Tuscaloosa Tornadoes and Charlie Sheen’s Whirlwind Tour: Working for the Red Cross in Alabama

Thursday, June 30, 2011

Panorama of hurricane damage in Tuscaloosa alabmaba with Red Cross worker

The American Red Cross sent me to Tuscaloosa, Alabama recently to cover their relief efforts in the aftermath of the tornadoes that devastated the area. Working a disaster is tough but rewarding. Your days can be 18 hours long, after which you might spend a fitful night’s sleep on a hard cot in a shelter after dining on gas station snacks.  But of course you can’t bring yourself to complain, because you spend your day photographing people who have had their lives -- quite literally --  ripped apart.

The reward comes knowing that you are working for a organization which excels at responding to such disasters. Often within hours of a tornado, hurricane, or flood, the Red Cross has organized shelters for the newly homeless, and is distributing food, water and medical care. When they’re not responding to a crisis, they are preparing for the next one. Training their volunteers, staging supplies in likely trouble spots, and keeping a careful eye on the weather radar.Red Cross nurse in Tuscaloosa
My role is to tell peoples’ stories and get the word out, with the hopes of raising funds to pay for the relief effort. It often feels a bit frivolous to me, snapping photos when other folks are handing out food and comforting victims, but I constantly remind myself that someone has to pay for the food, the cots, the water, the gasoline, the travel expenses for the volunteers.  And nothing brings home the story to a jaded populace like photojournalism.Lynette Nyman of the Red Cross with a victim of the Tuscaloosa hurricane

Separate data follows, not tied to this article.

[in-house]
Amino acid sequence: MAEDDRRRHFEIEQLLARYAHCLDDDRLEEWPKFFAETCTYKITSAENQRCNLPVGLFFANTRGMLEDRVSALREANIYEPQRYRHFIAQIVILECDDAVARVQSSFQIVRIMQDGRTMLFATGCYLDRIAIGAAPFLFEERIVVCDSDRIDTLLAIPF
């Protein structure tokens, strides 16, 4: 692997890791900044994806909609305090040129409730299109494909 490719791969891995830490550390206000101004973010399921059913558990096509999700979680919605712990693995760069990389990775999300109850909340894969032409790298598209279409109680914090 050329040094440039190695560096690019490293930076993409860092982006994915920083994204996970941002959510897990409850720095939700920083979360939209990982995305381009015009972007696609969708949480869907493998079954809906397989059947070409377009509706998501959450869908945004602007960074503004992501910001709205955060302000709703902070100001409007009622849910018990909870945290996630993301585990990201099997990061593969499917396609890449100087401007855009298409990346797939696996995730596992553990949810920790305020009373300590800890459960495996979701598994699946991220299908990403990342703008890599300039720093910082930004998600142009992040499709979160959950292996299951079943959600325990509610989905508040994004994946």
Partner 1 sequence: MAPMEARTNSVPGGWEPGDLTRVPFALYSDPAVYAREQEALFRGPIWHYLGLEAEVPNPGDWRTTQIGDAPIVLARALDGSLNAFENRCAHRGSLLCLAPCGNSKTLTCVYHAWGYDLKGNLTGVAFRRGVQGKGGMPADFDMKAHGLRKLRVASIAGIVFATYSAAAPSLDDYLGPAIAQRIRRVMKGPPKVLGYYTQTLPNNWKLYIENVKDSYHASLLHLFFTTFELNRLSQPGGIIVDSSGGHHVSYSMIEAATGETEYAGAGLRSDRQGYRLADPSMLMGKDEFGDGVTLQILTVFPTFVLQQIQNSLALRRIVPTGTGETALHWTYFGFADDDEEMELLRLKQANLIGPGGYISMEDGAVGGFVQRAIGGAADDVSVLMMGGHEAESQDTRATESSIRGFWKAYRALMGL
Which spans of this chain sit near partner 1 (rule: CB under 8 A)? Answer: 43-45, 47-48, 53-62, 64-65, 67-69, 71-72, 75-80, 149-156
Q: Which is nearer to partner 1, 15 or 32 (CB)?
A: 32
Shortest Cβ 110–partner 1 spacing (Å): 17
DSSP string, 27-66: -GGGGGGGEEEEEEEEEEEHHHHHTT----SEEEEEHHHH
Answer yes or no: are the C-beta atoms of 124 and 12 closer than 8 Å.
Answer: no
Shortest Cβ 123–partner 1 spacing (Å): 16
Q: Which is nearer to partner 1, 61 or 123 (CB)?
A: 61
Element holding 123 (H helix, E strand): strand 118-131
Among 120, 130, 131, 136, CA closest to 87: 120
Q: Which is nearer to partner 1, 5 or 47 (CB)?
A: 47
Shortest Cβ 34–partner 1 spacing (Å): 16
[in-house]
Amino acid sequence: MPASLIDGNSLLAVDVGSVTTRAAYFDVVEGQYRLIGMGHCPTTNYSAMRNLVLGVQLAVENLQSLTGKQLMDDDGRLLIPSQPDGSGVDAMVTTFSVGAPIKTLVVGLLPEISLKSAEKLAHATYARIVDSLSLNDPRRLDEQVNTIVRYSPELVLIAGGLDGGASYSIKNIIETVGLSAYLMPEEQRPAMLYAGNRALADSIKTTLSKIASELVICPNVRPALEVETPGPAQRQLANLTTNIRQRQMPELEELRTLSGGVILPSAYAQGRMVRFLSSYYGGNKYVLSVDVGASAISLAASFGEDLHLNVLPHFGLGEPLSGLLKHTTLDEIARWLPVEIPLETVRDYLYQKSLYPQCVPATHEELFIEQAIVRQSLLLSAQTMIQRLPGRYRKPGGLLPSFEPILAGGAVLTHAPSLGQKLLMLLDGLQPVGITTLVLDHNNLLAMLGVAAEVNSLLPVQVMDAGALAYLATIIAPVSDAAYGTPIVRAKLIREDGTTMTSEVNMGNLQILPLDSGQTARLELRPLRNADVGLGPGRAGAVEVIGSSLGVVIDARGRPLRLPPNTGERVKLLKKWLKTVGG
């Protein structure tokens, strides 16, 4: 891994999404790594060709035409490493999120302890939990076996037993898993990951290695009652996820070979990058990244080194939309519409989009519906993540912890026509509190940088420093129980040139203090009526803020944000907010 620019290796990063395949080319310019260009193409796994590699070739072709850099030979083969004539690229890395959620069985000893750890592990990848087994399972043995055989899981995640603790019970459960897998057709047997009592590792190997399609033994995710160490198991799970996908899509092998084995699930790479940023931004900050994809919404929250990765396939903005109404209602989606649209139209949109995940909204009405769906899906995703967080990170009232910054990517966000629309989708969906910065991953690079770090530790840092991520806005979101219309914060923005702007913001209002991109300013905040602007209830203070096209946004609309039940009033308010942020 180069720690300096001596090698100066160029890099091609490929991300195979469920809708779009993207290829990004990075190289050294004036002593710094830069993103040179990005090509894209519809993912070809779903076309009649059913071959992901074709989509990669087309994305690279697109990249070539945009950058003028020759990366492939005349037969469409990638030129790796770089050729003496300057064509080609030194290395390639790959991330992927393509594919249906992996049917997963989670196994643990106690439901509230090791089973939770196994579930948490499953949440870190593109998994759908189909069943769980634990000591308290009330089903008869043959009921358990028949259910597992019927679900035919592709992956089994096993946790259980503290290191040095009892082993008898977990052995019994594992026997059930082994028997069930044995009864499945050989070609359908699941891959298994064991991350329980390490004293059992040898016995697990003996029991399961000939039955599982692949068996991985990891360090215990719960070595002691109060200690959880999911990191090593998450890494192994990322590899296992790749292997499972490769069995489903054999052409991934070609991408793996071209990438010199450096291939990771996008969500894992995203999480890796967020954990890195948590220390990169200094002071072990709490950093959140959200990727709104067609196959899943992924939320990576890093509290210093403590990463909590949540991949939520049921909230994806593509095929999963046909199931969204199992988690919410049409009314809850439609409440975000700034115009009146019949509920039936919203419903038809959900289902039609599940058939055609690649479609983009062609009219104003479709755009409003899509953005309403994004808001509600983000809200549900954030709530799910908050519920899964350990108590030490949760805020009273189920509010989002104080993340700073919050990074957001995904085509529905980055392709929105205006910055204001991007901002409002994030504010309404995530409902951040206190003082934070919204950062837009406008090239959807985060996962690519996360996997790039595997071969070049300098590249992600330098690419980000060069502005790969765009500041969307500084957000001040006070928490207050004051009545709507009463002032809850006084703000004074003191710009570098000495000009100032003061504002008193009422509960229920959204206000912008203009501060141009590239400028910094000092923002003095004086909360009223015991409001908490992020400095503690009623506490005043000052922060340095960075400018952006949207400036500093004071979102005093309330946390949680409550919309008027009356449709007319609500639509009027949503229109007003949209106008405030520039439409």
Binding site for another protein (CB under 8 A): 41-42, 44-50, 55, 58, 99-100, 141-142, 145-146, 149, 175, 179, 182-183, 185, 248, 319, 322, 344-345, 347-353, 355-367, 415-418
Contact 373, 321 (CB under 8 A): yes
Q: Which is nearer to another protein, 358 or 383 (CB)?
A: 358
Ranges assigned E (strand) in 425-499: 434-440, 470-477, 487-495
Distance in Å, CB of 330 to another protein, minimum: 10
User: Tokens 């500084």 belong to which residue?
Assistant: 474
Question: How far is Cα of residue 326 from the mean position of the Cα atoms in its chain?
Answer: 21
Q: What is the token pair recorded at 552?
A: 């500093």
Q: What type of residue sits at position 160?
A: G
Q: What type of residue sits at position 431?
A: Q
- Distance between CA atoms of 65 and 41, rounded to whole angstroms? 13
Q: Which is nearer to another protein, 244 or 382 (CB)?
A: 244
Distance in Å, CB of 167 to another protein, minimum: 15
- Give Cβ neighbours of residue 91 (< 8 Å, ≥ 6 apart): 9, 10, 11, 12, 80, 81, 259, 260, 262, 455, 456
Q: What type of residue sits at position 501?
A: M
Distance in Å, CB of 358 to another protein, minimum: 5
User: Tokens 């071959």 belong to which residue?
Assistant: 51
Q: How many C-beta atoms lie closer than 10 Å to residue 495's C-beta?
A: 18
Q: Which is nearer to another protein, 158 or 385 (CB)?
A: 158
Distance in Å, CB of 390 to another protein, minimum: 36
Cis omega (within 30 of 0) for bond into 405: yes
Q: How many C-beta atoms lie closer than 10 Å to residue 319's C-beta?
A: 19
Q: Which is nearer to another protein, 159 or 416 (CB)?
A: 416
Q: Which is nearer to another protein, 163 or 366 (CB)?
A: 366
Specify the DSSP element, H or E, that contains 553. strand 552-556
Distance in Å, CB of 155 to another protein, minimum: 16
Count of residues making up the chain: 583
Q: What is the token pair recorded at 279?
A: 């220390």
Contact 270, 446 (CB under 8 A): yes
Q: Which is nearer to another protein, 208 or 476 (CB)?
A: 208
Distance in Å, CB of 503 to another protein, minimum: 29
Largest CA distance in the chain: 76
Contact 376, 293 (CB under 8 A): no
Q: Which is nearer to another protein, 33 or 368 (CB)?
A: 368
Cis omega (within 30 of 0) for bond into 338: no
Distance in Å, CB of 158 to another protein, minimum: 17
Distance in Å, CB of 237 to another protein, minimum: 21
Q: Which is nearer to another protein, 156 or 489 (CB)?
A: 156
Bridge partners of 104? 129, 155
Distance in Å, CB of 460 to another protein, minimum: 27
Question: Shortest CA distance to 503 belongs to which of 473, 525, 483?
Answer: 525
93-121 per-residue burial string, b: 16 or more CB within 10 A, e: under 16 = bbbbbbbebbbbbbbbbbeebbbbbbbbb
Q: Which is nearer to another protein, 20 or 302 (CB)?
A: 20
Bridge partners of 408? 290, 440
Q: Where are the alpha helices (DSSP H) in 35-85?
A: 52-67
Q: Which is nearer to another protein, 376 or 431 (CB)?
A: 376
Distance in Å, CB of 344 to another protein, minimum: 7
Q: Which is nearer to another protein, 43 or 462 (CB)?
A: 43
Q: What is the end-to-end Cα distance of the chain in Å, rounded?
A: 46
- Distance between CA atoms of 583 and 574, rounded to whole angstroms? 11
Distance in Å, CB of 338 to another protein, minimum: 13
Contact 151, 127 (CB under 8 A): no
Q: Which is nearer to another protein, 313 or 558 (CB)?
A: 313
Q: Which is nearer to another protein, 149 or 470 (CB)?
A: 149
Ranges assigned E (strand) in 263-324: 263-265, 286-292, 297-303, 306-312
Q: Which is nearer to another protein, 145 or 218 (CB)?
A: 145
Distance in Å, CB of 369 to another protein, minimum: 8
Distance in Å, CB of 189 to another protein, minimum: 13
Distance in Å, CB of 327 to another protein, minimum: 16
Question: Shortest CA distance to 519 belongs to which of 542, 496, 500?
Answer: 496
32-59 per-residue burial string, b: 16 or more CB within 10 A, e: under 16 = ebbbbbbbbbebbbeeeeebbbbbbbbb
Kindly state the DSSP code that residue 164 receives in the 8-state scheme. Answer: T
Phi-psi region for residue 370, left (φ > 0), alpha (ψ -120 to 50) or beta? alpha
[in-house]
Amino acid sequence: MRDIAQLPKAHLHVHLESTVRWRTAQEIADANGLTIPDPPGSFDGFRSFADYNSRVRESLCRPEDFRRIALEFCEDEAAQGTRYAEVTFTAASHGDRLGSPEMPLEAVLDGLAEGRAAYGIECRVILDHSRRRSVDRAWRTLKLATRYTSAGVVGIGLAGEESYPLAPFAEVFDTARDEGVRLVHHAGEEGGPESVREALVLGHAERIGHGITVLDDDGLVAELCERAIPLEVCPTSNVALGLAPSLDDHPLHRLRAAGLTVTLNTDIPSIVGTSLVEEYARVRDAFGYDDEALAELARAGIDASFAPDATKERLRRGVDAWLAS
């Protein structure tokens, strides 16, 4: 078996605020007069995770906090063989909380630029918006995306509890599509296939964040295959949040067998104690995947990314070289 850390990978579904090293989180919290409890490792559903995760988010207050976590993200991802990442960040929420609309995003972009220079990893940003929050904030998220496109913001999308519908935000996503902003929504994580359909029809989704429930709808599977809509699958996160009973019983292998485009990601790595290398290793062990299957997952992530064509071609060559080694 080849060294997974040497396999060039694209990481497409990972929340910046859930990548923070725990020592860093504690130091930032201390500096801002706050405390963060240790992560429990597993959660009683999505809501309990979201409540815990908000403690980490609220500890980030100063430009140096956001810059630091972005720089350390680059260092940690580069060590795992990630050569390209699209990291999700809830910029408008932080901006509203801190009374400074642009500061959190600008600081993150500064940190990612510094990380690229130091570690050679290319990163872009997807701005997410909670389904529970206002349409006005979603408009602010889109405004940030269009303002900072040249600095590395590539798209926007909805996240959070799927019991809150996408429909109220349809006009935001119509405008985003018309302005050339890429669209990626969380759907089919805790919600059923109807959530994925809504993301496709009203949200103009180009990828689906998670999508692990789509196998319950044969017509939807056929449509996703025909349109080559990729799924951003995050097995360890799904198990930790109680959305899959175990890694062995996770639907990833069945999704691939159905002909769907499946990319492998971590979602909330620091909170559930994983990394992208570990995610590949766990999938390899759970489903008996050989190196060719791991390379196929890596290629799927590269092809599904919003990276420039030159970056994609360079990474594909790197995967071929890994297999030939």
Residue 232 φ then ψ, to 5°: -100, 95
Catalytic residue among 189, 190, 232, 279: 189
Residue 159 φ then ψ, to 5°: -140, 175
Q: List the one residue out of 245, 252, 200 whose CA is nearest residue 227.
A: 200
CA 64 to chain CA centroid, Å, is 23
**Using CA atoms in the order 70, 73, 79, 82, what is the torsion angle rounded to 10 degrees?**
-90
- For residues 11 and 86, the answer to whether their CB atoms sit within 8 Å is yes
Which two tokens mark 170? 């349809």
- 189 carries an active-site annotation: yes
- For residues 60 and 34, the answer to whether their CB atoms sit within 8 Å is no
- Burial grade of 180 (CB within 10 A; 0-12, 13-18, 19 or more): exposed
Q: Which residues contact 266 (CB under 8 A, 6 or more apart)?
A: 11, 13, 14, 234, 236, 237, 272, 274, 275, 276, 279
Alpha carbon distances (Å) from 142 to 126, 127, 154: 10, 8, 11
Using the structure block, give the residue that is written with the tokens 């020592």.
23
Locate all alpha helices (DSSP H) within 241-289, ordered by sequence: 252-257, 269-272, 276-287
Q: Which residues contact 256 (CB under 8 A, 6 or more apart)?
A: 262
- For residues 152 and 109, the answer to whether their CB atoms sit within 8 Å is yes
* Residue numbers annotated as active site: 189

As a bizarre sidebar to my experience in Tuscaloosa, I was walking in the door to the main Red Cross shelter there one day and found Charlie Sheen standing in front of me. I guess the situation was even more bizarre for the shelter residents. Imagine one day you are minding your own business when a tornado comes roaring through town and picks your house up and moves it across the street with you still in it. Next thing you know, you're sleeping on a metal cot in a gymnasium when the star of "Two and Half Men" walks in and hands you a flashlight and poses for a picture. There are more things in heaven and earth Horatio...

Charlie Sheen in Tuscaloosa Alabama after the tornado

My Red Cross colleague Lynette Nyman, also pictured above comforting people affected by the tornado, greets Charlie Sheen.

Sleeping boy in Tuscaloosa Alabama shelter

Posted by Dennis on 06/30 at 11:45 AM